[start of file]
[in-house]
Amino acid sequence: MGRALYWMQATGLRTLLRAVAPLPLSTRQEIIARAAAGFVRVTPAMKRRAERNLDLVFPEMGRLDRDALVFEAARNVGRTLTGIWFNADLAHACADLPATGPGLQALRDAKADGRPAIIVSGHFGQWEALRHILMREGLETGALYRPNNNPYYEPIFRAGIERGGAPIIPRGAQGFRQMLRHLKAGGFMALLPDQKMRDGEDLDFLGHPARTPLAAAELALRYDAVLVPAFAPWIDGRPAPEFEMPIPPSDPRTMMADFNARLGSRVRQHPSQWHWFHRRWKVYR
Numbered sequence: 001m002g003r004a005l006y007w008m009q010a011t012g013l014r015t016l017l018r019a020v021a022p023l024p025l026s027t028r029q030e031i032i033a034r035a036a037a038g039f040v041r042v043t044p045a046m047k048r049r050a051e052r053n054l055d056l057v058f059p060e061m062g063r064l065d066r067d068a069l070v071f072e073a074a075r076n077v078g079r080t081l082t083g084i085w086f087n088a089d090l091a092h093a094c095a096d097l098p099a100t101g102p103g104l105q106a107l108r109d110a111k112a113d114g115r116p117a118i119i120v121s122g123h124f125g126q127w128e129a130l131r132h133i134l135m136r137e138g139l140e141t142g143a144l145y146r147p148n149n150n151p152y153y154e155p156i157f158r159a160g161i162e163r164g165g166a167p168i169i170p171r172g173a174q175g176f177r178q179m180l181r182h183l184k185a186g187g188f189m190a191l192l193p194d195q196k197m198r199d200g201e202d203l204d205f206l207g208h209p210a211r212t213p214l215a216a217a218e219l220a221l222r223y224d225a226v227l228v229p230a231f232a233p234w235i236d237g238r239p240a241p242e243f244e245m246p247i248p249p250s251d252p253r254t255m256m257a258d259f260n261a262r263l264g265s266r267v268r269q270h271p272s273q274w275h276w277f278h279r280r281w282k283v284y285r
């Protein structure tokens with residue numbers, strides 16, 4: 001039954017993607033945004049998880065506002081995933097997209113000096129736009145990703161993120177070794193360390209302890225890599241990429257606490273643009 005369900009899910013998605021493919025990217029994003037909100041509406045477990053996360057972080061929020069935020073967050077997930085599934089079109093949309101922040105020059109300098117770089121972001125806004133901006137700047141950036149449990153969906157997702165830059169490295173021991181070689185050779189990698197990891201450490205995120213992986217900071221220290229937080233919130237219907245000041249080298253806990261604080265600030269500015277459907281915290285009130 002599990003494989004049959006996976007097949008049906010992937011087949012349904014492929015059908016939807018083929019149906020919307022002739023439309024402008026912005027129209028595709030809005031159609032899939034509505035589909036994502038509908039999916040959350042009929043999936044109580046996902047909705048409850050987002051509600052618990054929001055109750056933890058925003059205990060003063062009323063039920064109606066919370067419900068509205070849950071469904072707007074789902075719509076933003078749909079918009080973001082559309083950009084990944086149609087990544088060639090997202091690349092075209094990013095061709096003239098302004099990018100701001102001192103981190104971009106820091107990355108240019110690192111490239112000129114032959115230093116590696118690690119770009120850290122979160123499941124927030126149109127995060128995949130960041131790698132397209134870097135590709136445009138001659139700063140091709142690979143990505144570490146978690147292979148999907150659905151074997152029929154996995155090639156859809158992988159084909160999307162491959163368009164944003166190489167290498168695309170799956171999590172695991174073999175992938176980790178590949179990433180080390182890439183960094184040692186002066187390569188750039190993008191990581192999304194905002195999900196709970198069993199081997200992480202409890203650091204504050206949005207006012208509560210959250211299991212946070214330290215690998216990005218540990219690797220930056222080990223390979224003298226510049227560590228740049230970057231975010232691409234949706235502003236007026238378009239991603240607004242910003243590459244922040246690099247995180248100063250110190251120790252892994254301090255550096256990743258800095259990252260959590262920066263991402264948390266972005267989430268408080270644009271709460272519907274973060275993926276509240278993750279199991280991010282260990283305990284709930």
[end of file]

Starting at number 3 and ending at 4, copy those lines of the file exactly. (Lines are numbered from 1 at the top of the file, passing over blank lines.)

Numbered sequence: 001m002g003r004a005l006y007w008m009q010a011t012g013l014r015t016l017l018r019a020v021a022p023l024p025l026s027t028r029q030e031i032i033a034r035a036a037a038g039f040v041r042v043t044p045a046m047k048r049r050a051e052r053n054l055d056l057v058f059p060e061m062g063r064l065d066r067d068a069l070v071f072e073a074a075r076n077v078g079r080t081l082t083g084i085w086f087n088a089d090l091a092h093a094c095a096d097l098p099a100t101g102p103g104l105q106a107l108r109d110a111k112a113d114g115r116p117a118i119i120v121s122g123h124f125g126q127w128e129a130l131r132h133i134l135m136r137e138g139l140e141t142g143a144l145y146r147p148n149n150n151p152y153y154e155p156i157f158r159a160g161i162e163r164g165g166a167p168i169i170p171r172g173a174q175g176f177r178q179m180l181r182h183l184k185a186g187g188f189m190a191l192l193p194d195q196k197m198r199d200g201e202d203l204d205f206l207g208h209p210a211r212t213p214l215a216a217a218e219l220a221l222r223y224d225a226v227l228v229p230a231f232a233p234w235i236d237g238r239p240a241p242e243f244e245m246p247i248p249p250s251d252p253r254t255m256m257a258d259f260n261a262r263l264g265s266r267v268r269q270h271p272s273q274w275h276w277f278h279r280r281w282k283v284y285r
């Protein structure tokens with residue numbers, strides 16, 4: 001039954017993607033945004049998880065506002081995933097997209113000096129736009145990703161993120177070794193360390209302890225890599241990429257606490273643009 005369900009899910013998605021493919025990217029994003037909100041509406045477990053996360057972080061929020069935020073967050077997930085599934089079109093949309101922040105020059109300098117770089121972001125806004133901006137700047141950036149449990153969906157997702165830059169490295173021991181070689185050779189990698197990891201450490205995120213992986217900071221220290229937080233919130237219907245000041249080298253806990261604080265600030269500015277459907281915290285009130 002599990003494989004049959006996976007097949008049906010992937011087949012349904014492929015059908016939807018083929019149906020919307022002739023439309024402008026912005027129209028595709030809005031159609032899939034509505035589909036994502038509908039999916040959350042009929043999936044109580046996902047909705048409850050987002051509600052618990054929001055109750056933890058925003059205990060003063062009323063039920064109606066919370067419900068509205070849950071469904072707007074789902075719509076933003078749909079918009080973001082559309083950009084990944086149609087990544088060639090997202091690349092075209094990013095061709096003239098302004099990018100701001102001192103981190104971009106820091107990355108240019110690192111490239112000129114032959115230093116590696118690690119770009120850290122979160123499941124927030126149109127995060128995949130960041131790698132397209134870097135590709136445009138001659139700063140091709142690979143990505144570490146978690147292979148999907150659905151074997152029929154996995155090639156859809158992988159084909160999307162491959163368009164944003166190489167290498168695309170799956171999590172695991174073999175992938176980790178590949179990433180080390182890439183960094184040692186002066187390569188750039190993008191990581192999304194905002195999900196709970198069993199081997200992480202409890203650091204504050206949005207006012208509560210959250211299991212946070214330290215690998216990005218540990219690797220930056222080990223390979224003298226510049227560590228740049230970057231975010232691409234949706235502003236007026238378009239991603240607004242910003243590459244922040246690099247995180248100063250110190251120790252892994254301090255550096256990743258800095259990252260959590262920066263991402264948390266972005267989430268408080270644009271709460272519907274973060275993926276509240278993750279199991280991010282260990283305990284709930």